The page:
What Love Looks Like

January 14, 2022 by  
Filed under Christian Life, Family Focus

By Kathleen Brown –

Of all the miracles we experienced during my mother’s illness, few compare with the day of the wheelchair ride.

Despite the ravages of Alzheimer’s, Dad was able to keep Mom at home until just a month before she died. But eventually the disease forced a change. Because Mom couldn’t do the rehab necessary after she broke her hip, her doctor insisted she must live where she could get professional care.

With only 24 hours before Mom was to be released from the hospital, I despaired of finding a place good enough, in Dad’s eyes, for Mom to live. Would she have a room to herself? Were there plenty of nurses? Would everything look nice? Smell nice? Would the other residents be friendly?

I needn’t have worried. The Lord led us to the place He had prepared.

Dad often tried to describe for Mom the beauty of “Golden Acres.” The landscaped grounds, the parlors, the artwork hanging in the halls. The courtyard, the gift shop and the nice ladies there. He promised her she would see it all, and she, eyes blank, looked back at him and, sometimes, smiled.

But Dad didn’t take a promise lightly.

I knew nothing about the wheelchair ride until a phone call early one evening.

“Guess what, Katrinka!” Dad boomed into my ear. “Your mother went out in the wheelchair today! The nurse put her socks and robe on her, and the physical therapy people lifted her into the wheelchair. It didn’t bother her at all! No pain! She sat up and looked around at everything.”

“We passed the nurse’s station,” he went on, “and I showed her the big TV. People waved to her and she waved right back!”

I asked if a nurse or an aide came along.

“Nope! Just your mother and I! We went everywhere. She really liked the gift shop. I knew the ladies would offer us coffee—I carried your mother’s ‘til we got out to the courtyard. It was warm enough to sit out there, so that’s where we drank our coffee.”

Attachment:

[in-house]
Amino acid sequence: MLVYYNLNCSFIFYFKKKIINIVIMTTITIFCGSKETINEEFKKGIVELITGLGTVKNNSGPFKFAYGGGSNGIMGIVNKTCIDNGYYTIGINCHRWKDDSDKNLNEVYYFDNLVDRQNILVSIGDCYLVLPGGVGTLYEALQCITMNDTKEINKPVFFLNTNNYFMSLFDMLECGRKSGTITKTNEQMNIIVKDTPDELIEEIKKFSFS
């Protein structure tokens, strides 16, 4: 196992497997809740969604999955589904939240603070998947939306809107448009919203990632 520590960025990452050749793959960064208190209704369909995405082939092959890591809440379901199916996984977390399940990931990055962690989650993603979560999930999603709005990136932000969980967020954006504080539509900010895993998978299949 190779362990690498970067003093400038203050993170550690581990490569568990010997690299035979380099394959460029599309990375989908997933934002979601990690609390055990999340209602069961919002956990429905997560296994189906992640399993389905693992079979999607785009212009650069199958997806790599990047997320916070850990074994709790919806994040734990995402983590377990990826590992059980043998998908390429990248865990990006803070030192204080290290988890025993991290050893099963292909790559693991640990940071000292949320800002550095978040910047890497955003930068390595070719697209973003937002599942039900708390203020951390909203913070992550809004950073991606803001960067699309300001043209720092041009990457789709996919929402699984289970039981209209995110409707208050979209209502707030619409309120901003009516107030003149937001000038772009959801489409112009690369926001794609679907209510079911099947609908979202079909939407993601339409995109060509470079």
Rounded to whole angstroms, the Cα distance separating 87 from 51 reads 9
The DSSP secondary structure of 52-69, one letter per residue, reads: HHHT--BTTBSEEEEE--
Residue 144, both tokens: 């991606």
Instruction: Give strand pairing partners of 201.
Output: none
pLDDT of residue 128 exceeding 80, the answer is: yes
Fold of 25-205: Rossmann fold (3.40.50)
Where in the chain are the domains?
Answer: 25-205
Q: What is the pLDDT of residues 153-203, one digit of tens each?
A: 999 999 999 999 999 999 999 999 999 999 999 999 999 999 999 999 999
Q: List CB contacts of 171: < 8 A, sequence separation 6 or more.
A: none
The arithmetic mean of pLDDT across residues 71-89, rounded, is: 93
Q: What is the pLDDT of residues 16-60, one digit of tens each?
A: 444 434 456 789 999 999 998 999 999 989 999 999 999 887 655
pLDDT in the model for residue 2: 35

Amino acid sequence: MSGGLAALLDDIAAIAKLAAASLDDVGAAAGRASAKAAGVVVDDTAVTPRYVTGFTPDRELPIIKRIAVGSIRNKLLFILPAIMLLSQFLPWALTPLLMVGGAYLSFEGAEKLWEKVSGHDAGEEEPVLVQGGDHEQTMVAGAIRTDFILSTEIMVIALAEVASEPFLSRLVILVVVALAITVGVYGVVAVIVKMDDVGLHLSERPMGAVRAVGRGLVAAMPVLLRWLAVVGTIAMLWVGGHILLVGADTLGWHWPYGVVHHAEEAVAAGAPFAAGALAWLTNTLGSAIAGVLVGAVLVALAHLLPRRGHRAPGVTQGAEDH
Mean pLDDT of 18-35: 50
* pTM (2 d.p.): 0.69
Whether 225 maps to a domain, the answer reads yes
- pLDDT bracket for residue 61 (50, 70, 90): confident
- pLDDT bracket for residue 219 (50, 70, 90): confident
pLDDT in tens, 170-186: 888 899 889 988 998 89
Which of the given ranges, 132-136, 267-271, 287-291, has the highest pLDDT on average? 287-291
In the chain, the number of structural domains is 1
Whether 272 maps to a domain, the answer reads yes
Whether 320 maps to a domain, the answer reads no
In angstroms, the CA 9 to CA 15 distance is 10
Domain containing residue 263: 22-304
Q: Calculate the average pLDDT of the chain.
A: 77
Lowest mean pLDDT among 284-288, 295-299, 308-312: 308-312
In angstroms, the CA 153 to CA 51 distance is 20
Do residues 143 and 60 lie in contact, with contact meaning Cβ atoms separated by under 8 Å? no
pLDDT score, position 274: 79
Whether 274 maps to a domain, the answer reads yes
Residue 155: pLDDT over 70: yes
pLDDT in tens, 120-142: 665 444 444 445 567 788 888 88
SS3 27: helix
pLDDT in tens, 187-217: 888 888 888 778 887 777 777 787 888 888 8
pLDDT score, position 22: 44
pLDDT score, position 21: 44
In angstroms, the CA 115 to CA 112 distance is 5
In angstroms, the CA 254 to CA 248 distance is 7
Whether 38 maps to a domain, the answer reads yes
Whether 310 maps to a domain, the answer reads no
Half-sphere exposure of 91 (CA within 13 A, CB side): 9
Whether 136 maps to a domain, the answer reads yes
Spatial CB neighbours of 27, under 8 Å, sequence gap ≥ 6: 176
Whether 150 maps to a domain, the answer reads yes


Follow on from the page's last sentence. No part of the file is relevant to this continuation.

Before I could wonder aloud how he managed two Styrofoam cups and the wheelchair, Dad had moved on to introducing Mom to the receptionist and then sitting for a while on the walk outside, beside “those tropical-looking ferns.”

I hadn’t heard such satisfaction in Dad’s voice in years. He had wished for something: to show Mom that he had searched out, and found, a nice place for her to live. The best place. And, of course, he wanted her to see it his way—all at once, on a grand tour, led by my father himself. And he had gotten his wish. Against all odds, Mom sat in a wheelchair for two hours in the middle of the day. She had, Dad boasted, smiled, waved, enjoyed coffee, pointed to flowers, smiled some more, responded in some fashion to his undoubtedly animated commentary, and, in his words, “really had a keen day.”

All this in two hours. A true miracle.

Love may be hard to define, but it’s not hard to recognize when you see it. Those who saw Mom and Dad tooling down the halls of the nursing home that day saw love. In action. And I heard it in Dad’s voice that night. I would hear it again each time he told the story of the wheelchair ride.

From the Giver of all good gifts, love given and received and given and received. From my Father to my father. From my father to my mother.

For love at once immediate and eternal, we thank You, Lord.

“Every good gift and every perfect gift is from above, and comes down from the Father of lights, with whom there is no variation or shadow of turning” (James 1:17 NKJV).

About Kathleen Brown

  • Advertisement

Speak Your Mind

Tell us what you're thinking...
and oh, if you want a pic to show with your comment, go get a gravatar!

Prove You\'re Human: *